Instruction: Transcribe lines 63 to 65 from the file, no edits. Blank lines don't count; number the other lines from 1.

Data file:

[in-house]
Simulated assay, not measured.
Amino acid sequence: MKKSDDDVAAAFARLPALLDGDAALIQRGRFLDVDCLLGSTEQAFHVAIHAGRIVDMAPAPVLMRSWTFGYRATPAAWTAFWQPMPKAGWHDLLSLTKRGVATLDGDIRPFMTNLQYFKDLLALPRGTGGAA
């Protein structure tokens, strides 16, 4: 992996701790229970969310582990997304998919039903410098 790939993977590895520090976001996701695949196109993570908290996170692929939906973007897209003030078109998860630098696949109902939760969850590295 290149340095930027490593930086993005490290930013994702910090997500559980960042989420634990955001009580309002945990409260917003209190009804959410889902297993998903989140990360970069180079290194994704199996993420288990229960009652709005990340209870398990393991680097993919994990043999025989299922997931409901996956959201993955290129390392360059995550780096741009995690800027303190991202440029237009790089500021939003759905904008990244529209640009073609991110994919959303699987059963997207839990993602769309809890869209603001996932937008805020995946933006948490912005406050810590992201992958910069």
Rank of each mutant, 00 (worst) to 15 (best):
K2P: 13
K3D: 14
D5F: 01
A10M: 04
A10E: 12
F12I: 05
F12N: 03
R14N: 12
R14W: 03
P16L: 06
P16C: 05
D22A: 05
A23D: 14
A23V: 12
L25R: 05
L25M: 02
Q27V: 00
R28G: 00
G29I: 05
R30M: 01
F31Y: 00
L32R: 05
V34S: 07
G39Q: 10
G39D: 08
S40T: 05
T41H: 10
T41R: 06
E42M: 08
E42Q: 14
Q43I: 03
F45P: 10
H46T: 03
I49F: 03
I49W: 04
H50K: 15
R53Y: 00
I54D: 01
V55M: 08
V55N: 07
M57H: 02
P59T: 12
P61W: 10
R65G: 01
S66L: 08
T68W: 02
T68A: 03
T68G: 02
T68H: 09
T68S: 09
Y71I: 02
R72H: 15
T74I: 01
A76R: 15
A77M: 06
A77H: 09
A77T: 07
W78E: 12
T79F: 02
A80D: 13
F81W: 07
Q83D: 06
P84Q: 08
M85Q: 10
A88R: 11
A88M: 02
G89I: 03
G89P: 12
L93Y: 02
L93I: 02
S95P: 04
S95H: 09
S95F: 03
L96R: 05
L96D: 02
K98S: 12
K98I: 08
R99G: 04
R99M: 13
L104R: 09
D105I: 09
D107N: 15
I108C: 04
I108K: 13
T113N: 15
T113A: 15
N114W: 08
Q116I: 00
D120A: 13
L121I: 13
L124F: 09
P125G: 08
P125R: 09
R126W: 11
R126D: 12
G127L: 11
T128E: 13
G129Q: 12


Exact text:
W78E: 12
T79F: 02
A80D: 13